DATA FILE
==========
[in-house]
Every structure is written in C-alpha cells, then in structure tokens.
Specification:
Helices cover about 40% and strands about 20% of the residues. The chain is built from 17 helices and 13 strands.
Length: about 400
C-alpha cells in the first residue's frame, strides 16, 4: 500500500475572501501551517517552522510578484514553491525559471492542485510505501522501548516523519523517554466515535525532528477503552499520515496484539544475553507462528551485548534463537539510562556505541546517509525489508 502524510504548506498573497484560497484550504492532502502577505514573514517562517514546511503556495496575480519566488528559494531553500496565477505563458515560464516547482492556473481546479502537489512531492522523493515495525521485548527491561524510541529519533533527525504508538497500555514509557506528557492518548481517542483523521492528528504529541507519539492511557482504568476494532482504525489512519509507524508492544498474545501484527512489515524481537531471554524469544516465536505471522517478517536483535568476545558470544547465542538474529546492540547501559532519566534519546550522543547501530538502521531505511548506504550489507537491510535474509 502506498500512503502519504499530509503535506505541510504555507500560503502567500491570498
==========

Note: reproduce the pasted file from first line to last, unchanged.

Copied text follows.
[in-house]
Every structure is written in C-alpha cells, then in structure tokens.
Specification:
Helices cover about 40% and strands about 20% of the residues. The chain is built from 17 helices and 13 strands.
Length: about 400
C-alpha cells in the first residue's frame, strides 16, 4: 500500500475572501501551517517552522510578484514553491525559471492542485510505501522501548516523519523517554466515535525532528477503552499520515496484539544475553507462528551485548534463537539510562556505541546517509525489508 502524510504548506498573497484560497484550504492532502502577505514573514517562517514546511503556495496575480519566488528559494531553500496565477505563458515560464516547482492556473481546479502537489512531492522523493515495525521485548527491561524510541529519533533527525504508538497500555514509557506528557492518548481517542483523521492528528504529541507519539492511557482504568476494532482504525489512519509507524508492544498474545501484527512489515524481537531471554524469544516465536505471522517478517536483535568476545558470544547465542538474529546492540547501559532519566534519546550522543547501530538502521531505511548506504550489507537491510535474509 502506498500512503502519504499530509503535506505541510504555507500560503502567500491570498